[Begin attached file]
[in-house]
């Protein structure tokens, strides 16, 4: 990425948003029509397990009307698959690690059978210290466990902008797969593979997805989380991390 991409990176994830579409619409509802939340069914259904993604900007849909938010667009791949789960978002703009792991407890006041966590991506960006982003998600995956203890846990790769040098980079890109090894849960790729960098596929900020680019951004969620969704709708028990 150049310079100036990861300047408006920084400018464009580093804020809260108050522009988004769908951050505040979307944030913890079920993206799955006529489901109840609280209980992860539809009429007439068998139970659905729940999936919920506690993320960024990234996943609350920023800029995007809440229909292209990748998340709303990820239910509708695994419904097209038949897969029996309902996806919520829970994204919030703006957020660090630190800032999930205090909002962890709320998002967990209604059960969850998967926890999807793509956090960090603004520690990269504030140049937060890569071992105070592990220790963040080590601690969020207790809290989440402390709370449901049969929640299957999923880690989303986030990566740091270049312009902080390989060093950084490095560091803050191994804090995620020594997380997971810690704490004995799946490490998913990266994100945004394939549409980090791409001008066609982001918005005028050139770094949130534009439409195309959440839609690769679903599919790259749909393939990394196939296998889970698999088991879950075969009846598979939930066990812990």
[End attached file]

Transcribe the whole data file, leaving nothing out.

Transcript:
[in-house]
């Protein structure tokens, strides 16, 4: 990425948003029509397990009307698959690690059978210290466990902008797969593979997805989380991390 991409990176994830579409619409509802939340069914259904993604900007849909938010667009791949789960978002703009792991407890006041966590991506960006982003998600995956203890846990790769040098980079890109090894849960790729960098596929900020680019951004969620969704709708028990 150049310079100036990861300047408006920084400018464009580093804020809260108050522009988004769908951050505040979307944030913890079920993206799955006529489901109840609280209980992860539809009429007439068998139970659905729940999936919920506690993320960024990234996943609350920023800029995007809440229909292209990748998340709303990820239910509708695994419904097209038949897969029996309902996806919520829970994204919030703006957020660090630190800032999930205090909002962890709320998002967990209604059960969850998967926890999807793509956090960090603004520690990269504030140049937060890569071992105070592990220790963040080590601690969020207790809290989440402390709370449901049969929640299957999923880690989303986030990566740091270049312009902080390989060093950084490095560091803050191994804090995620020594997380997971810690704490004995799946490490998913990266994100945004394939549409980090791409001008066609982001918005005028050139770094949130534009439409195309959440839609690769679903599919790259749909393939990394196939296998889970698999088991879950075969009846598979939930066990812990």